For the last 2 or 3 weeks there have been a lot of articles, tips and advice on how to pivot to digital and create fantastic online event experience shared among event community. Right now, event planners are on the steep learning curve about making online events as efficient and satisfactory as possible, and oftentimes it’s not that easy as one may think. But this post is not about tips for eventprofs. Since part of my consulting is about helping event participants to attend meaningfully, I was thinking about how they feel about their event experience in these changed circumstances. It turns that it is equally uneasy for participants of our (emerging) online events to switch to this new mode and make the most out of online participation. I can clearly see it can be confusing and frustrating, partly because right now the online experiences are not ideal, and also because event participants themselves are not necessarily well familiar with technologies and virtual environment ‘rules’. So what do they need to know and do in order to adopt the new ways events are being made and adapt to it with max benefits? Here are some thoughts for online event attendees.
1.Know your why and choose wisely. This is my first advice for off-line events, too. However, online there are literally 100x more events potentially as much interesting so it’s super critical to know what exactly you want to achieve by attending, and if the event you choose fits your goals.
2. Value your time. This is somewhat a continuation of the previous one as it also refers to your goals. Now more than ever you have more time available: to participate in online event, you don’t need to travel and therefore you’ve got the luxury of some (sometimes significant) extra time which you may spend in different ways. So think about what you would like to do with it? Another (online) event? Family time? Other options for professional or personal development? Nothing?
3. Get to know some basics: familiarize yourself with tech platforms that are popular and most likely to be used (e.g. Zoom). It does not need to be too deep or complicated; but when you get to know it better you’d feel more confident when using it (and less nervous if something goes wrong). Same with online “etiquette” – update yourself on rules of video conferencing, virtual gatherings and events. It may sound like a no-brainer, but it’s these little details that make you feel different when time comes.
4. Commit to the time of the online event you chose to attend. Event organisers put a lot of efforts into engaging participants, but due to the nature of online experience they can not influence as many things and remove distractions which vary from your smartphone to kids jumping around. So you can help event organisers make your online experience better if you commit to be as much present as possible and structure your time (which is a good thing to do anyway, from behavioral science perspective). More precisely, it means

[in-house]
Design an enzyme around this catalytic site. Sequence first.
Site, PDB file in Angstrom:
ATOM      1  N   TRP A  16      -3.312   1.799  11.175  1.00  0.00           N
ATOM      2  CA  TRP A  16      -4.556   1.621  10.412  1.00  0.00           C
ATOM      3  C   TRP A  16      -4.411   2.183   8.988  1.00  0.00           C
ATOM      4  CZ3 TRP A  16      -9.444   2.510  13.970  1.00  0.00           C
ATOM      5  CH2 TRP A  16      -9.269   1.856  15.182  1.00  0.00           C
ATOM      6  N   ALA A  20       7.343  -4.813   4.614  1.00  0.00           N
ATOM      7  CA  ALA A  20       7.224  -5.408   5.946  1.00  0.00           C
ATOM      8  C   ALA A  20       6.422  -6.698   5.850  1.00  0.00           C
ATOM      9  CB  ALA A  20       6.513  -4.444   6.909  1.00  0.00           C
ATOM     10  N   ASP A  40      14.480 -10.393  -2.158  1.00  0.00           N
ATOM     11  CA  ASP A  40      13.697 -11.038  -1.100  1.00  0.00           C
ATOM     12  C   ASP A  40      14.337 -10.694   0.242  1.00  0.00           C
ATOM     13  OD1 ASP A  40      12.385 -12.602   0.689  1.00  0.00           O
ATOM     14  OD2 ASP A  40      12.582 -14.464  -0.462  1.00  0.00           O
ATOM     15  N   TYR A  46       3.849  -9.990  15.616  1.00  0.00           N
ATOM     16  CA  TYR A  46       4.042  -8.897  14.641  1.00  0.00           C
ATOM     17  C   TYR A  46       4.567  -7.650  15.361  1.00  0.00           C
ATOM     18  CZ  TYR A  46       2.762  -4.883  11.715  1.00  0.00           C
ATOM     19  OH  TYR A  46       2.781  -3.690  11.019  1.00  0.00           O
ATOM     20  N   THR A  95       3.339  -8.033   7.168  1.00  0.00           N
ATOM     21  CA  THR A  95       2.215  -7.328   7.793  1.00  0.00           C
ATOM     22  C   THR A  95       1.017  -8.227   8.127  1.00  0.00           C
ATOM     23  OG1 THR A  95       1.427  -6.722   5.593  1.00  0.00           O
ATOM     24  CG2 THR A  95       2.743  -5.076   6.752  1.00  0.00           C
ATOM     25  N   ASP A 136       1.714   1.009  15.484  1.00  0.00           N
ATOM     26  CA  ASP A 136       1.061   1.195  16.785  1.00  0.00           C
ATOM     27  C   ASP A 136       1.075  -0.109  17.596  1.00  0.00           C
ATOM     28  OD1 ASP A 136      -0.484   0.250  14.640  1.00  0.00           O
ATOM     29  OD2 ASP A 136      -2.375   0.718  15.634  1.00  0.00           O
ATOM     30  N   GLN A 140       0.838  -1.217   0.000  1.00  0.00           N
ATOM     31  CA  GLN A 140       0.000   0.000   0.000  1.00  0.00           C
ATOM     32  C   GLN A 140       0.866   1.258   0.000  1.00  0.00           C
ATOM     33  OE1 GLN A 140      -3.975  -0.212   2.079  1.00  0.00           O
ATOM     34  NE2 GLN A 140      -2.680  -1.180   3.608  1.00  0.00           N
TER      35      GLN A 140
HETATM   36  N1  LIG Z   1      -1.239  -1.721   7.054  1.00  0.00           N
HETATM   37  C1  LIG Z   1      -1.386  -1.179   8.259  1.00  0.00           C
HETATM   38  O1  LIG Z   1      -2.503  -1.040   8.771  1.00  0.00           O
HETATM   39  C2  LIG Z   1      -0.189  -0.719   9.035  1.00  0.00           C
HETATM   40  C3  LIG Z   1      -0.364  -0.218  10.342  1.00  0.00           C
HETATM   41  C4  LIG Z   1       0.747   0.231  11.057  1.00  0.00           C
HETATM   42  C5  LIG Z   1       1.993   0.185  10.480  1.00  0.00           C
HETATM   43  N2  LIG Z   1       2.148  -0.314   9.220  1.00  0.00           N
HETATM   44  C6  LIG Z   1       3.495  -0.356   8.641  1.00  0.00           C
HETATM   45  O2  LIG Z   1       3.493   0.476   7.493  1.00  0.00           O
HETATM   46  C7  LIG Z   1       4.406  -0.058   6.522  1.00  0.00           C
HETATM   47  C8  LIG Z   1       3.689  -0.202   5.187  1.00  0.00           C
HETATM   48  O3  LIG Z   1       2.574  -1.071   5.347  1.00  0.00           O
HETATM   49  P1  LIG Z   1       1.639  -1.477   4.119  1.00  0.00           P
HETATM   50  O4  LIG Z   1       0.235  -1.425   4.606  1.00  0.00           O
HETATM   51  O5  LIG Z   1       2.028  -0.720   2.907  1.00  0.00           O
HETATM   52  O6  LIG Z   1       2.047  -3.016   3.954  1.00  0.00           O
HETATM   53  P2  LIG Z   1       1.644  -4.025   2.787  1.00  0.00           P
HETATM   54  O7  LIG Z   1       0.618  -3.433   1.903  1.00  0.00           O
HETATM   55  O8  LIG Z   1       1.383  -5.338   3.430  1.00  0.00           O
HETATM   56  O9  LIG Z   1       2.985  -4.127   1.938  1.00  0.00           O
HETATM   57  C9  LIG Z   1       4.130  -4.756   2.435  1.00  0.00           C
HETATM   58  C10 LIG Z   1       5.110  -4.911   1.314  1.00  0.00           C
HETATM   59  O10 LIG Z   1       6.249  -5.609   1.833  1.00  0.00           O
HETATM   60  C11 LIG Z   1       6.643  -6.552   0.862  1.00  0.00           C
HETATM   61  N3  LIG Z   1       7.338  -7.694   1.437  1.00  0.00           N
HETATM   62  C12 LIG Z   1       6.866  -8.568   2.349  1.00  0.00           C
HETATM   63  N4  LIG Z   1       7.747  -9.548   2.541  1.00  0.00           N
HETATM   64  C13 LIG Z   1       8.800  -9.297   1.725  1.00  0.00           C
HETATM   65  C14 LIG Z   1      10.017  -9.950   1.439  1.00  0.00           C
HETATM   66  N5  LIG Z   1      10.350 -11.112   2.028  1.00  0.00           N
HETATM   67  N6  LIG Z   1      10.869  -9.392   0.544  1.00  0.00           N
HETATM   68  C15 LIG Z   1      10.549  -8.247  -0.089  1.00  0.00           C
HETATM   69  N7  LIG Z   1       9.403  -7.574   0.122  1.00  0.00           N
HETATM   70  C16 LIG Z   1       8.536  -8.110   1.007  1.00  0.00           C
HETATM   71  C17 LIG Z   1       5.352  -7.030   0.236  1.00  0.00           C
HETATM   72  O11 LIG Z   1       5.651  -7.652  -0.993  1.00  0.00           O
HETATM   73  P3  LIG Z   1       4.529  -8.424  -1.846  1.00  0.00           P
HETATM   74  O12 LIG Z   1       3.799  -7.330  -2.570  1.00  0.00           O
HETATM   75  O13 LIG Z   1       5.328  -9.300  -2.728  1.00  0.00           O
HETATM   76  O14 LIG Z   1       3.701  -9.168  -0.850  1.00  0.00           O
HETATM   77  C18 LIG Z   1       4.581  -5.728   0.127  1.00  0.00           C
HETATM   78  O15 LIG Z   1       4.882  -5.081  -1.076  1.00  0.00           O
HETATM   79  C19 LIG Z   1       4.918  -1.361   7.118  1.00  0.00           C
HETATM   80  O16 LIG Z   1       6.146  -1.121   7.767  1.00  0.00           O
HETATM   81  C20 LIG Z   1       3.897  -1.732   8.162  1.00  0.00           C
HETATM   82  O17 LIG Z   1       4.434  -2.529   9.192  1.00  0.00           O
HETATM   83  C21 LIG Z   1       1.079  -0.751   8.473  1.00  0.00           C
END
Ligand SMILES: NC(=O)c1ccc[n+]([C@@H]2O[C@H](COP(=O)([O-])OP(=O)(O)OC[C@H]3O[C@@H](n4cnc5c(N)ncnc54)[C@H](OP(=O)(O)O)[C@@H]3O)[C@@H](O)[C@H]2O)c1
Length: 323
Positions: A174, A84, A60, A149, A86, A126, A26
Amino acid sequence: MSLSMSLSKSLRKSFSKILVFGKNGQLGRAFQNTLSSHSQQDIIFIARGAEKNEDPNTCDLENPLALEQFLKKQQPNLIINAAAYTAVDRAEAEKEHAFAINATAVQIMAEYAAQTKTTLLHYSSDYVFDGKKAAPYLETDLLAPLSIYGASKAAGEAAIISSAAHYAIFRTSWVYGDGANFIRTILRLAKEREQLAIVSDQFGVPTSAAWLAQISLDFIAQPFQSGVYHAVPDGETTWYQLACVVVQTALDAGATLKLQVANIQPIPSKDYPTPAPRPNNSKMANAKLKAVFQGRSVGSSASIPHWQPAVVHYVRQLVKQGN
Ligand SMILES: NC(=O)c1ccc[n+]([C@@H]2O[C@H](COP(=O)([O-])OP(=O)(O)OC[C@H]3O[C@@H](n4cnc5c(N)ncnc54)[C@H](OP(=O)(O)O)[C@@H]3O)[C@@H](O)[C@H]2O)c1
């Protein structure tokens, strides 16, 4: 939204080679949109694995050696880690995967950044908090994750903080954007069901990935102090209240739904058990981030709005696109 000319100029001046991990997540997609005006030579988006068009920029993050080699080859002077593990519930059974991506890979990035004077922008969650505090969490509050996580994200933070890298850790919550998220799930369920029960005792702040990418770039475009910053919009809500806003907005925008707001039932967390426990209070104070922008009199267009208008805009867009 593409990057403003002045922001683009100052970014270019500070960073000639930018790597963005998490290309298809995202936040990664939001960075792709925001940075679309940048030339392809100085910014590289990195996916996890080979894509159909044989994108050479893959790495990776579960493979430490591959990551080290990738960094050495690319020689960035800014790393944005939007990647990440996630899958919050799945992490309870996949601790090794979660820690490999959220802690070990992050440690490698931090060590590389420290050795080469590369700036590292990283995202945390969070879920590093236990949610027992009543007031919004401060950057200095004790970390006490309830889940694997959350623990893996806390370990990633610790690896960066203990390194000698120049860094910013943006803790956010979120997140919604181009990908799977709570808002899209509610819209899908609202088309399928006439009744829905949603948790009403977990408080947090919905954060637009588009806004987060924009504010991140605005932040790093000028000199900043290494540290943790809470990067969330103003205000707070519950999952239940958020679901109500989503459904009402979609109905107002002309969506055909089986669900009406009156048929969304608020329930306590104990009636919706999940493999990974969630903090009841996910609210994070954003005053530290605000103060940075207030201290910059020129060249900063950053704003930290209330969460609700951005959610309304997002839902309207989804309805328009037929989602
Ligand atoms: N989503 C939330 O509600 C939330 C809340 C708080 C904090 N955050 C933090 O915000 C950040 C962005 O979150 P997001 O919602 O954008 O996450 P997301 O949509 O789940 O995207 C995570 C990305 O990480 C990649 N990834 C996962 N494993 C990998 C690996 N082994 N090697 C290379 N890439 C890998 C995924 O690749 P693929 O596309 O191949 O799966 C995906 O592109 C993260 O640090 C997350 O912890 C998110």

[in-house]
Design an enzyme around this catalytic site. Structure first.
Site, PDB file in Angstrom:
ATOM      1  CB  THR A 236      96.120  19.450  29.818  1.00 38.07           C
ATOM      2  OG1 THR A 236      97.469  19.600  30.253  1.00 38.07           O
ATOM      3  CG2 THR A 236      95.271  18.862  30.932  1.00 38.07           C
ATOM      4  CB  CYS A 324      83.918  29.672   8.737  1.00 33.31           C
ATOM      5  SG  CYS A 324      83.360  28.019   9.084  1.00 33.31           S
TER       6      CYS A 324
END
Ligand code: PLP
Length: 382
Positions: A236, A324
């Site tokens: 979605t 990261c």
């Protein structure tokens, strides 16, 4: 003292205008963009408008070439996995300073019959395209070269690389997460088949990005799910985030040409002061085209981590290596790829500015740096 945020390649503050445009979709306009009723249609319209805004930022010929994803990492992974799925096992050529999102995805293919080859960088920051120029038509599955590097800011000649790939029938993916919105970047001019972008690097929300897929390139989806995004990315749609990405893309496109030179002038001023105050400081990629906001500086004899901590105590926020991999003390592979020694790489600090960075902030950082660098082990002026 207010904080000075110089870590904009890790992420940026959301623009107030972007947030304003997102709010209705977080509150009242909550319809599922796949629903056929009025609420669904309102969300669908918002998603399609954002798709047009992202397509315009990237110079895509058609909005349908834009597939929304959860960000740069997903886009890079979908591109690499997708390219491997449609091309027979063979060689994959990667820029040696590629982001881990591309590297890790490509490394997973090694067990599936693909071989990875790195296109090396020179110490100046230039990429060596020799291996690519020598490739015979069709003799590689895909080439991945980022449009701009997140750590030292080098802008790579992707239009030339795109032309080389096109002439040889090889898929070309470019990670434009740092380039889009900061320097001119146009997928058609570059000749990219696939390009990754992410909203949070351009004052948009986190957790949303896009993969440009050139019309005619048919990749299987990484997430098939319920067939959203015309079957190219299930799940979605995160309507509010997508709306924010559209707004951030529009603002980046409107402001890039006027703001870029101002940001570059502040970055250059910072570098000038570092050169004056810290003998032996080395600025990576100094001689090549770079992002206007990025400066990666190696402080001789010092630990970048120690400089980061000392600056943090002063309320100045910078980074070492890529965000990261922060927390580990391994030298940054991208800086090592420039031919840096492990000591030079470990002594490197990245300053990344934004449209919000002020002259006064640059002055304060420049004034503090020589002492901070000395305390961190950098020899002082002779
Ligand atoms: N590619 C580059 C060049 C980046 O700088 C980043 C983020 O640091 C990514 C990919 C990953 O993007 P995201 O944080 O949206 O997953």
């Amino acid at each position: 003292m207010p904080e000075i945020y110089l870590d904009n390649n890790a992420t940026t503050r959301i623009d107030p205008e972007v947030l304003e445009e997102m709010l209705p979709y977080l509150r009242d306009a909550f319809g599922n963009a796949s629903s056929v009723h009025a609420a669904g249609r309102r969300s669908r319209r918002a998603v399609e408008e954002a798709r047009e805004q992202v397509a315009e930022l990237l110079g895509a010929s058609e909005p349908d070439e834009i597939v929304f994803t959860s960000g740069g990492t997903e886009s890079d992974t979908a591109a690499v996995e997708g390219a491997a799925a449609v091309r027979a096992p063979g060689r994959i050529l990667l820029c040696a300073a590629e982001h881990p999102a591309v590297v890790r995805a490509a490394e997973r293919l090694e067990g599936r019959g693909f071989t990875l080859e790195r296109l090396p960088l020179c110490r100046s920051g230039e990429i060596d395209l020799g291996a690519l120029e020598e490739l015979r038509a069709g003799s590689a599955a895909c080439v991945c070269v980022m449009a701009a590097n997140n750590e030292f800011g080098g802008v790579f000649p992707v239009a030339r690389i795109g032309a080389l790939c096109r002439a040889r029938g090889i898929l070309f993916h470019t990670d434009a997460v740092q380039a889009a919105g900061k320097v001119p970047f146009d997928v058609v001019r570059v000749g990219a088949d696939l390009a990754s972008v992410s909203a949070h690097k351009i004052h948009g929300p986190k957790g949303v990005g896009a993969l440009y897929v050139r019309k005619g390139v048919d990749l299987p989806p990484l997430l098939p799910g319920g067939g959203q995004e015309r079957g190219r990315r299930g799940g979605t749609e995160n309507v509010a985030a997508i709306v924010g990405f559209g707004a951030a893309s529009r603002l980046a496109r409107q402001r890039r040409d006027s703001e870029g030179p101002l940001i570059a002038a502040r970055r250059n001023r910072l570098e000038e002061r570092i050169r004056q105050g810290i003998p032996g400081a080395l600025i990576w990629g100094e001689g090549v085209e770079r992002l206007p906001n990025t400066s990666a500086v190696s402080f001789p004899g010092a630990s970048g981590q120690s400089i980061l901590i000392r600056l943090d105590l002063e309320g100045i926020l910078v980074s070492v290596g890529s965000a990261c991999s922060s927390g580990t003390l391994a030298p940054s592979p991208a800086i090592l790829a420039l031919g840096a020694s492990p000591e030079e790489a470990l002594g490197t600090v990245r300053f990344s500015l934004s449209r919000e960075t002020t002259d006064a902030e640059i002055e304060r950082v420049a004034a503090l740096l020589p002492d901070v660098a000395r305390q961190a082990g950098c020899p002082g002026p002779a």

- blocking off this time in your calendar when you register for event,
- no multitasking during the event (smartphone is probably the biggest distraction – scientists claim the mere presence of a phone is distracting! – so I’d recommend you download Forest to solve the issue), and
- reserving some time to follow-up, reflect on the event outcomes and connect with those you met during the online event – just like with a traditional event.
5. Do the set up and tune-in emotionally. It’s tempting to attend online event in your pajamas, and although there is nothing wrong with it, I’d recommend using whatever brings you in ‘business’ mode – be that putting on a business look (or part of it) or setting up your desk in a specific way. By doing so you tell your brains it’s time to concentrate and learn, and activate yourself to get max out of participation, just like at an off-line event.
6. Use unique benefits online event offers. For example, it expands geography of participants to the entire world by definition, so it means you’ve got an outstanding opportunity to meet people you would not meet otherwise. Don’t miss out on such opportunity.
7. Try things out. Don’t be shy! I can promise the organisers will offer you different ways to engage, from traditional chat rooms and Q&As to less traditional and new options like polls, 1:1 video conversations, braindates, virtual break out sessions and so on. You can only know what works for you if you really test it out for yourself.
Finally, as a reminder – here you can find some more tips based on scientific insights. Please share this post with your fellows who frequently attend business events. Knowledge is power, and I hope the above will help you attend meaningfully online as well.